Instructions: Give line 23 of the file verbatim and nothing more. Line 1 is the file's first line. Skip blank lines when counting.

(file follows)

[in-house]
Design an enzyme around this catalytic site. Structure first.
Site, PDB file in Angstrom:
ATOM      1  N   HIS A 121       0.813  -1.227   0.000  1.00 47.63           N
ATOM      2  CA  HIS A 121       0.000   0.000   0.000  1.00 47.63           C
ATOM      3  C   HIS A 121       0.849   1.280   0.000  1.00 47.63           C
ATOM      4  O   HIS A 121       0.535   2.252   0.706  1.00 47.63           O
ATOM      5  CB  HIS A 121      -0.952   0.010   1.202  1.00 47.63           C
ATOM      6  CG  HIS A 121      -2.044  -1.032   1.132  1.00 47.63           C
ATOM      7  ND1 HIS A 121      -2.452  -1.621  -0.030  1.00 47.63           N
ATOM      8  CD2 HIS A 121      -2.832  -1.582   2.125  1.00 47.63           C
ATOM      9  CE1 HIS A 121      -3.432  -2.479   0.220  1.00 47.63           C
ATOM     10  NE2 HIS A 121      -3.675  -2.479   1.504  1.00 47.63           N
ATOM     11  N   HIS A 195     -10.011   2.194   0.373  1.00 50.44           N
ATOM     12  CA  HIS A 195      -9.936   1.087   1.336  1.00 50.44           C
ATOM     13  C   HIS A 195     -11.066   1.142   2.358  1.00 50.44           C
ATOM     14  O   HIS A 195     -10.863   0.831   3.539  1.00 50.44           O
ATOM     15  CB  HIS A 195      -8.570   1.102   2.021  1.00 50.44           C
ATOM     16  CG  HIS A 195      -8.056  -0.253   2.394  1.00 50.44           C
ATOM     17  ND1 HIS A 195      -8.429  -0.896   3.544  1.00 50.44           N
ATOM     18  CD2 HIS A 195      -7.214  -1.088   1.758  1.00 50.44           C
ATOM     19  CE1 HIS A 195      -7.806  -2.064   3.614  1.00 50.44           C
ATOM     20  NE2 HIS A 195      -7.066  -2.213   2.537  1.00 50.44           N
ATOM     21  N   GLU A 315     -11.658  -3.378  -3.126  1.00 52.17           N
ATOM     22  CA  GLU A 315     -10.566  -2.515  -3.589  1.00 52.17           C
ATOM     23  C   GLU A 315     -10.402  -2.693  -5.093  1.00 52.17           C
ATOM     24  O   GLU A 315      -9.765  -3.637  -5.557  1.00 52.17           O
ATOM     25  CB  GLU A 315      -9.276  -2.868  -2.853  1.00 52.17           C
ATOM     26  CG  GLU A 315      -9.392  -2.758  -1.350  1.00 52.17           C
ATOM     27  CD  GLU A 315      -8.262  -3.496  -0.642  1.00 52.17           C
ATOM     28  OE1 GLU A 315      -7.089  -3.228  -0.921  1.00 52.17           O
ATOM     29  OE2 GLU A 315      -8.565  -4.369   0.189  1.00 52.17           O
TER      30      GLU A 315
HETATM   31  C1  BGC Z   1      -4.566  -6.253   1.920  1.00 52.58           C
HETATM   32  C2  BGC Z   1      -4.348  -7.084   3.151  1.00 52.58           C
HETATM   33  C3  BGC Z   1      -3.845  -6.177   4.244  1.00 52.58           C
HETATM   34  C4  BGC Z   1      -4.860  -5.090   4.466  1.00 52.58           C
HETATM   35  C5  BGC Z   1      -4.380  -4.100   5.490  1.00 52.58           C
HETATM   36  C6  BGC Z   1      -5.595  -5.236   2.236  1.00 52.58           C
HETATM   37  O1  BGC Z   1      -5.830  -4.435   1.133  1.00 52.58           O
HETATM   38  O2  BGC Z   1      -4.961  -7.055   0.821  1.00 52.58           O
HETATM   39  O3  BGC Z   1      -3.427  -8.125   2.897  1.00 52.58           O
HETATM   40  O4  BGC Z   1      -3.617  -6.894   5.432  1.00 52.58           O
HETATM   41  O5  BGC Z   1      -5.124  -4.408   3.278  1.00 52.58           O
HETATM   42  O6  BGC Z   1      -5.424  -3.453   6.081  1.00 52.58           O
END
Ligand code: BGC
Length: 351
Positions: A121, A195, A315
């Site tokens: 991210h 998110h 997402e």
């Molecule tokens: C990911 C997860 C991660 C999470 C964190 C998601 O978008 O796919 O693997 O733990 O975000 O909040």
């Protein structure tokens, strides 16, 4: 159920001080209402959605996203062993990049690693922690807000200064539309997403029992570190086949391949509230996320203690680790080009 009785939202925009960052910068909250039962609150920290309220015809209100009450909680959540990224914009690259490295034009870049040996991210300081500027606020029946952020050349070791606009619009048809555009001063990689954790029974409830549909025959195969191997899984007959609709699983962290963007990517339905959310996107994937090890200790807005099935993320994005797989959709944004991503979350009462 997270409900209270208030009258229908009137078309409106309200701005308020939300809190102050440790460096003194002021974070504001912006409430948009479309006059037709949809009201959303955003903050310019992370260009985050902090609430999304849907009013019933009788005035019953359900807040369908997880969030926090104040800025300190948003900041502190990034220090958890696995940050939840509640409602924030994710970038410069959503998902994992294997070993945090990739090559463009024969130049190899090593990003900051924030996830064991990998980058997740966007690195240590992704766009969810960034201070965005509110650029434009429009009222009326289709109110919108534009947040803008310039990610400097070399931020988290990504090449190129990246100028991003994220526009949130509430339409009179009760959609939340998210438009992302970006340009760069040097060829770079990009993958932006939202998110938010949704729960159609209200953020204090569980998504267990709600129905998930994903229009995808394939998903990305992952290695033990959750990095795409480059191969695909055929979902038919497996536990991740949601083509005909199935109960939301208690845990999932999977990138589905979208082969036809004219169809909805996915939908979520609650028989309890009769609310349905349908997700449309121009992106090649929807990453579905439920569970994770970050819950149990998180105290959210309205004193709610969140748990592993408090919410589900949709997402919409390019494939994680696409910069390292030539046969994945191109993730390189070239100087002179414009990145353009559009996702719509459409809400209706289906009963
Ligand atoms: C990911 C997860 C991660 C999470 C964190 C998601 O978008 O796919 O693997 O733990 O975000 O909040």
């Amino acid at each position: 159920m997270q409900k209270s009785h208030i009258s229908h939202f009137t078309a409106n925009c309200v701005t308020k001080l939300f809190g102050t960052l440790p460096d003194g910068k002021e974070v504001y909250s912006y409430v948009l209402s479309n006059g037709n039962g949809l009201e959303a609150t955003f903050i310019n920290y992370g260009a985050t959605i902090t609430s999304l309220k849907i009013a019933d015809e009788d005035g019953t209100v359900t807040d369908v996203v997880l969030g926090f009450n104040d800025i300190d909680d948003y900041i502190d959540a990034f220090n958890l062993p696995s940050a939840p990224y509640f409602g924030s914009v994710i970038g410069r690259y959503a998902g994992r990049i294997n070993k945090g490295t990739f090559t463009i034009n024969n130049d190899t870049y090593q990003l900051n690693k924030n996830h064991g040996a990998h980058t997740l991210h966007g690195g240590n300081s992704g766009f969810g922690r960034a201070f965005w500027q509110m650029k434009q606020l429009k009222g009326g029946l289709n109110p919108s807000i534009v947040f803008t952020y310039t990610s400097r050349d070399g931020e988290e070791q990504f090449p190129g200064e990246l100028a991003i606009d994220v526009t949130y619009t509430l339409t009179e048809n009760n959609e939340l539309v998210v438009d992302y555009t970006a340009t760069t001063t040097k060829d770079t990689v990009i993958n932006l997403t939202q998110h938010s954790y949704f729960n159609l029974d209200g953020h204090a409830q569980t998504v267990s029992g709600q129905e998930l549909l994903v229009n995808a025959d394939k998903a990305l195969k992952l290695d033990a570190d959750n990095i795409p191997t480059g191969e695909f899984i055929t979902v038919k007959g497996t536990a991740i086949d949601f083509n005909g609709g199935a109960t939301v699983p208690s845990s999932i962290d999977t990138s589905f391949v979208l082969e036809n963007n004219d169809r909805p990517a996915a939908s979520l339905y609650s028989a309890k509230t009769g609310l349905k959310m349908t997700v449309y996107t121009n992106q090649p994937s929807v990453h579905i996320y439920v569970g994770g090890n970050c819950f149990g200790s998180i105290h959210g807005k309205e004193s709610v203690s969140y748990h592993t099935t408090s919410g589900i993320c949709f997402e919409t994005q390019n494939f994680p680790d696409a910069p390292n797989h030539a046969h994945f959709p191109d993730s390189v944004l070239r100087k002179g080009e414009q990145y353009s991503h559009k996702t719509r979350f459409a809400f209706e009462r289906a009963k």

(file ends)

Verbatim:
ATOM     20  NE2 HIS A 195      -7.066  -2.213   2.537  1.00 50.44           N